The Democratic Party’s advantage over Republicans in party preferences for Black and Hispanic adults in the U.S. has decreased by nearly 20 percentage points in the past three years, according to a new report from Gallup.
The findings, published Wednesday, show the difference in how many Black adults identify as Democrat or lean Democratic and those who identify as Republican or lean Republican decreased from 66 percent in 2020 to roughly 47 percent in 2023. That number marks the smallest gap the pollster has recorded for Democrats since it began collecting data in 1999.
Two-thirds of Black adults polled identify as or lean Democratic, whereas 19 percent identify as or lean Republican.
Gallup found the historically low support for Democrats was also true among Hispanic adults. Those who identify as or lean Democratic saw only a 12-point advantage in 2023 — down from 28 percent in 2020 — over those who lean or identify as Republican, according to the report.
White adults, however, were relatively steady in the same period — with 15 percent to 17 percent more leaning or identifying as Republican than Democratic, according to the report.
While Democrats seem to be losing ground with Black and Hispanic voters, the party has gained support among college-educated Americans or those who have a degree, per Gallup.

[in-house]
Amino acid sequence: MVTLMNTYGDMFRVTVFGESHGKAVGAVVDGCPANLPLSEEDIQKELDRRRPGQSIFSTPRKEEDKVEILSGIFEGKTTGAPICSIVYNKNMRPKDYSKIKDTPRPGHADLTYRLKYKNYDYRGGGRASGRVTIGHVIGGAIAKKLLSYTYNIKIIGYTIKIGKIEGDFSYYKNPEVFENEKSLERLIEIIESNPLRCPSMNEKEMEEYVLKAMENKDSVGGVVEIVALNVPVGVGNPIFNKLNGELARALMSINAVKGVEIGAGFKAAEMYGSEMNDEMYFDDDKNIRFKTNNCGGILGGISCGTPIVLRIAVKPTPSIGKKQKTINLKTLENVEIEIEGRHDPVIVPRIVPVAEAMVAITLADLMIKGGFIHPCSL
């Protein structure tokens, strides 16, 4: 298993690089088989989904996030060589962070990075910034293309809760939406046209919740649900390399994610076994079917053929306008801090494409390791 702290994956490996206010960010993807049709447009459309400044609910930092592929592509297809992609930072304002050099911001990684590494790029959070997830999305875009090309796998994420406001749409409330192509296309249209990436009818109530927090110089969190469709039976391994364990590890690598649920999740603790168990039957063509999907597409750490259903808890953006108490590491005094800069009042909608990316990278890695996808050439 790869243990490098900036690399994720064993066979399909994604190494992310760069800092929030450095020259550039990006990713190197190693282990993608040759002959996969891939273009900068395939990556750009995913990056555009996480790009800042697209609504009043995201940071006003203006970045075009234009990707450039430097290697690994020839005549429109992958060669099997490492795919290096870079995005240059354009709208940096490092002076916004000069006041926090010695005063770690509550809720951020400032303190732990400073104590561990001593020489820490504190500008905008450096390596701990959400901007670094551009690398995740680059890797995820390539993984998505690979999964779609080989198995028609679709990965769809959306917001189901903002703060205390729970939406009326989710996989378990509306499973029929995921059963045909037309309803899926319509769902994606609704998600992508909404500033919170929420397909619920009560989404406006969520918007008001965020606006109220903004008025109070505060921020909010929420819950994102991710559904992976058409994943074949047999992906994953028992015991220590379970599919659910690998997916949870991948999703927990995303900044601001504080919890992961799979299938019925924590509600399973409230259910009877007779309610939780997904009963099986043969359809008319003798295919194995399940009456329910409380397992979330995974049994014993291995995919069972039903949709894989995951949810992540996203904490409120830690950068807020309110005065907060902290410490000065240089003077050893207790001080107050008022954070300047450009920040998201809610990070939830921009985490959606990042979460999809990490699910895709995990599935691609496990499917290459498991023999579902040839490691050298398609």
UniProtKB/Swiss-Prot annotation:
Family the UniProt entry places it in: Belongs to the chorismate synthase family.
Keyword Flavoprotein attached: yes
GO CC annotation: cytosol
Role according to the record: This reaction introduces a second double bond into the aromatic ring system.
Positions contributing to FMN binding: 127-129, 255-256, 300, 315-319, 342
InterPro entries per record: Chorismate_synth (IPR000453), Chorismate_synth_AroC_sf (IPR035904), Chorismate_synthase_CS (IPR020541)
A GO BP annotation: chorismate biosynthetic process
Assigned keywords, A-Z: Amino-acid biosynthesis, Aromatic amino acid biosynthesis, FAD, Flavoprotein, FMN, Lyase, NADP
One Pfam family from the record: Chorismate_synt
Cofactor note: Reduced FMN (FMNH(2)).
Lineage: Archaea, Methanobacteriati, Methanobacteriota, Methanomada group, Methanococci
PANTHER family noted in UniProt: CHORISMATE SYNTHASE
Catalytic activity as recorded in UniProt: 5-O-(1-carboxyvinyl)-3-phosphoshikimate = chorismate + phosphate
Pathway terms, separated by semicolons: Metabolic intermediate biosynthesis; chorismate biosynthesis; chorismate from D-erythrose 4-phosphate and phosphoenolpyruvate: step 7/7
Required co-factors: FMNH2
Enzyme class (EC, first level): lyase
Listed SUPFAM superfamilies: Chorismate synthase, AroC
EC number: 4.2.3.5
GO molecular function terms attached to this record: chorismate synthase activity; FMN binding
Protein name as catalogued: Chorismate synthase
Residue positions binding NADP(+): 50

The new data comes after a poll in December found that 1 in 5 Black voters said they would vote for “someone else” other than former President Trump or President Biden in November, even if they are their respective party’s nominee. The GenForward survey found 63 percent of Black voters said they would vote for Biden, 17 percent would back Trump and 20 percent said they would go for someone else.
Rep. James E. Clyburn (D-S.C.) has tried to deemphasize the president’s loss of support among Black Americans, pointing to Biden’s recent win in the South Carolina primary Saturday.
“I think the answer is emphatic yes,” Clyburn said Sunday on CNN’s “State of the Union.” “And the best illustration of that, he got 96 percent of the vote in this primary, but its largest percentage — over 97 percent — was in the town of Orangeburg, where there are two [historically Black colleges and universities] and a community college.”
The Gallup data comes from combined surveys in 2023 among 12,145 adults. As a whole, there is a margin of error of 1 percentage point.
For the smaller groups, however, the margins of error are larger, between 2 percentage points and 4 percentage points.